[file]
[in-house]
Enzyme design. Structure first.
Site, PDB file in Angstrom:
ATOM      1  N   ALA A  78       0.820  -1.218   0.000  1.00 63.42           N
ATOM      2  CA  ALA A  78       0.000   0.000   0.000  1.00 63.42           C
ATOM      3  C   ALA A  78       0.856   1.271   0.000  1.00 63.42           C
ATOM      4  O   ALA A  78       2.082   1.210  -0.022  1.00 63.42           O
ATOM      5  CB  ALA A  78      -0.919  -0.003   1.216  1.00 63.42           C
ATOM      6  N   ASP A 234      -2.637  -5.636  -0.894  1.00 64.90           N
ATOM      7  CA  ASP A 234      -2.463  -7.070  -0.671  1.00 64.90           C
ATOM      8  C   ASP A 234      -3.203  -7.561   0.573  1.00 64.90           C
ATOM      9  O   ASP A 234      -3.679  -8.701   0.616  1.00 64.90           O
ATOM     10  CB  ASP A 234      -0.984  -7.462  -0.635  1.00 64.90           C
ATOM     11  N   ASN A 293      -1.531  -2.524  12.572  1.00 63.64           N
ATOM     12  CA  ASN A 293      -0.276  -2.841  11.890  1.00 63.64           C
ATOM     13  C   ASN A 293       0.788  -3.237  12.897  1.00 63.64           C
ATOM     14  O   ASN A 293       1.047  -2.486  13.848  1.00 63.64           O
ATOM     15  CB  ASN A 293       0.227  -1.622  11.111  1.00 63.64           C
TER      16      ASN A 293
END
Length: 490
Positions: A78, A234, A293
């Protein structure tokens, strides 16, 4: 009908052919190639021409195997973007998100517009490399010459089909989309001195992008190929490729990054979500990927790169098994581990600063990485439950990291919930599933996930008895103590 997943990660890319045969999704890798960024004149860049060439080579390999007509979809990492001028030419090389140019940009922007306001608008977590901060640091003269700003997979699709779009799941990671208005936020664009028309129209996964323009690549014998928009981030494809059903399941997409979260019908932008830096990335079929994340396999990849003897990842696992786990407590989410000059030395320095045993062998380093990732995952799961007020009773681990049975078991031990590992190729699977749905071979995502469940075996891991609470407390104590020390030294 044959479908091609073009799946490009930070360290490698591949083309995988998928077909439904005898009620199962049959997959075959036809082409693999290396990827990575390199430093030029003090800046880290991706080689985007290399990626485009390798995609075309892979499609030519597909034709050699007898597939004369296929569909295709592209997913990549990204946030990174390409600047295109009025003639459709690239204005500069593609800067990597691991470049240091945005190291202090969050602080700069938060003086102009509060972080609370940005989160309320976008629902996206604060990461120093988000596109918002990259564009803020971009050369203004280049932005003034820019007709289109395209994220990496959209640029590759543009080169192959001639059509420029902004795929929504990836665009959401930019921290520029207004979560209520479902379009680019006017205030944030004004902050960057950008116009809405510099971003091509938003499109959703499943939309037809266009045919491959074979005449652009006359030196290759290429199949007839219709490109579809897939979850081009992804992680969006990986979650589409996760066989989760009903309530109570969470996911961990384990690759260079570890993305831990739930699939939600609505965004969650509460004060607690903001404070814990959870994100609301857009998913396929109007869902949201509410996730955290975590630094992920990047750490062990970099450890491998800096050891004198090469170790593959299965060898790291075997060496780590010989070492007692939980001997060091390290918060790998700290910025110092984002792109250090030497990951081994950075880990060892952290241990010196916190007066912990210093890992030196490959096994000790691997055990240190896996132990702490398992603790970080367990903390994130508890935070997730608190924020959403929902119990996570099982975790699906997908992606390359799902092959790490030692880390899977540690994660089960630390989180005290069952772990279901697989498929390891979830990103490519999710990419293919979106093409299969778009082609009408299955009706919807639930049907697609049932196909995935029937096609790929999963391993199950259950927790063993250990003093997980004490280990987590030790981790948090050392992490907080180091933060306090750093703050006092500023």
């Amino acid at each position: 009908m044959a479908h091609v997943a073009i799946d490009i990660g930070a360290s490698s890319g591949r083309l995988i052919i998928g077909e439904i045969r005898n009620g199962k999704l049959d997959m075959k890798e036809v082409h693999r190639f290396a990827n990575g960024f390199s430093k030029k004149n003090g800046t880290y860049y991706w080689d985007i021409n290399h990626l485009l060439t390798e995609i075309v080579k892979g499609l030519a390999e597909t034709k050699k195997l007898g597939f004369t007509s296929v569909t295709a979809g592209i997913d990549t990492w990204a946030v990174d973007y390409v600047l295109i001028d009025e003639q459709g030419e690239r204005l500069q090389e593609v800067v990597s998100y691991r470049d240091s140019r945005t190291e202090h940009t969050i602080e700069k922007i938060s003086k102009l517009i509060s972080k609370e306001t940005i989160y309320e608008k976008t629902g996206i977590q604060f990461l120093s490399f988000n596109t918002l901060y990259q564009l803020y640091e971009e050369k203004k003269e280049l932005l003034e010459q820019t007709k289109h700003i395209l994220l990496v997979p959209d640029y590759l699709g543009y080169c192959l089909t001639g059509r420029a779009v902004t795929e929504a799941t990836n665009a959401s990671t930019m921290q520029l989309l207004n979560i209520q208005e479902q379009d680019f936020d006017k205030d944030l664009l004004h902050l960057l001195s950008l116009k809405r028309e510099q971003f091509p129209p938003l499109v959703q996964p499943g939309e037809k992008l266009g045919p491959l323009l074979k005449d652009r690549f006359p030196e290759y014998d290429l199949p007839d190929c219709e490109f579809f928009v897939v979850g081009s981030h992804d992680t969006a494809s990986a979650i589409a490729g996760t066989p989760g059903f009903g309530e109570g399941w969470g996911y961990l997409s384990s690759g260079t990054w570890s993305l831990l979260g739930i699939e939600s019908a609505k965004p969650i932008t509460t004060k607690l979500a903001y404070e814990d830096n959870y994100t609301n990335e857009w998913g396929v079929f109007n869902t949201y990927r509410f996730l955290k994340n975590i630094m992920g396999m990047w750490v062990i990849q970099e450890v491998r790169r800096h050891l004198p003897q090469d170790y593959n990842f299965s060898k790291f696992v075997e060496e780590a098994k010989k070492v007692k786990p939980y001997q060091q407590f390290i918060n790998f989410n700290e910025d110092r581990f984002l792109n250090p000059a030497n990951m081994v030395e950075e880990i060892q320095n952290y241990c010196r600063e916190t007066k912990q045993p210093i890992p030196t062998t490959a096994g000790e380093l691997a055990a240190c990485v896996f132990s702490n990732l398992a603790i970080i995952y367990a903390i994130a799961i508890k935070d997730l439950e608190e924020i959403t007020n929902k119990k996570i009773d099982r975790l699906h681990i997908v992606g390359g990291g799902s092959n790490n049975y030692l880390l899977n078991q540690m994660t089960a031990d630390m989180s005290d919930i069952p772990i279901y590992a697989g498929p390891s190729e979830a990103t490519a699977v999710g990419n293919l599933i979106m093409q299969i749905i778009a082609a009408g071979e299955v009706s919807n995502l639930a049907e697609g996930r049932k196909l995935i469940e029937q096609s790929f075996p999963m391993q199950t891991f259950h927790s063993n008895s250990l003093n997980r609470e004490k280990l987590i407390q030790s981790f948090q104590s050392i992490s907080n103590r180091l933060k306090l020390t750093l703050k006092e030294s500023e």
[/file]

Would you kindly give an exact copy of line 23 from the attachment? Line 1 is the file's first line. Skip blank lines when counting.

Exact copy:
């Protein structure tokens, strides 16, 4: 009908052919190639021409195997973007998100517009490399010459089909989309001195992008190929490729990054979500990927790169098994581990600063990485439950990291919930599933996930008895103590 997943990660890319045969999704890798960024004149860049060439080579390999007509979809990492001028030419090389140019940009922007306001608008977590901060640091003269700003997979699709779009799941990671208005936020664009028309129209996964323009690549014998928009981030494809059903399941997409979260019908932008830096990335079929994340396999990849003897990842696992786990407590989410000059030395320095045993062998380093990732995952799961007020009773681990049975078991031990590992190729699977749905071979995502469940075996891991609470407390104590020390030294 044959479908091609073009799946490009930070360290490698591949083309995988998928077909439904005898009620199962049959997959075959036809082409693999290396990827990575390199430093030029003090800046880290991706080689985007290399990626485009390798995609075309892979499609030519597909034709050699007898597939004369296929569909295709592209997913990549990204946030990174390409600047295109009025003639459709690239204005500069593609800067990597691991470049240091945005190291202090969050602080700069938060003086102009509060972080609370940005989160309320976008629902996206604060990461120093988000596109918002990259564009803020971009050369203004280049932005003034820019007709289109395209994220990496959209640029590759543009080169192959001639059509420029902004795929929504990836665009959401930019921290520029207004979560209520479902379009680019006017205030944030004004902050960057950008116009809405510099971003091509938003499109959703499943939309037809266009045919491959074979005449652009006359030196290759290429199949007839219709490109579809897939979850081009992804992680969006990986979650589409996760066989989760009903309530109570969470996911961990384990690759260079570890993305831990739930699939939600609505965004969650509460004060607690903001404070814990959870994100609301857009998913396929109007869902949201509410996730955290975590630094992920990047750490062990970099450890491998800096050891004198090469170790593959299965060898790291075997060496780590010989070492007692939980001997060091390290918060790998700290910025110092984002792109250090030497990951081994950075880990060892952290241990010196916190007066912990210093890992030196490959096994000790691997055990240190896996132990702490398992603790970080367990903390994130508890935070997730608190924020959403929902119990996570099982975790699906997908992606390359799902092959790490030692880390899977540690994660089960630390989180005290069952772990279901697989498929390891979830990103490519999710990419293919979106093409299969778009082609009408299955009706919807639930049907697609049932196909995935029937096609790929999963391993199950259950927790063993250990003093997980004490280990987590030790981790948090050392992490907080180091933060306090750093703050006092500023």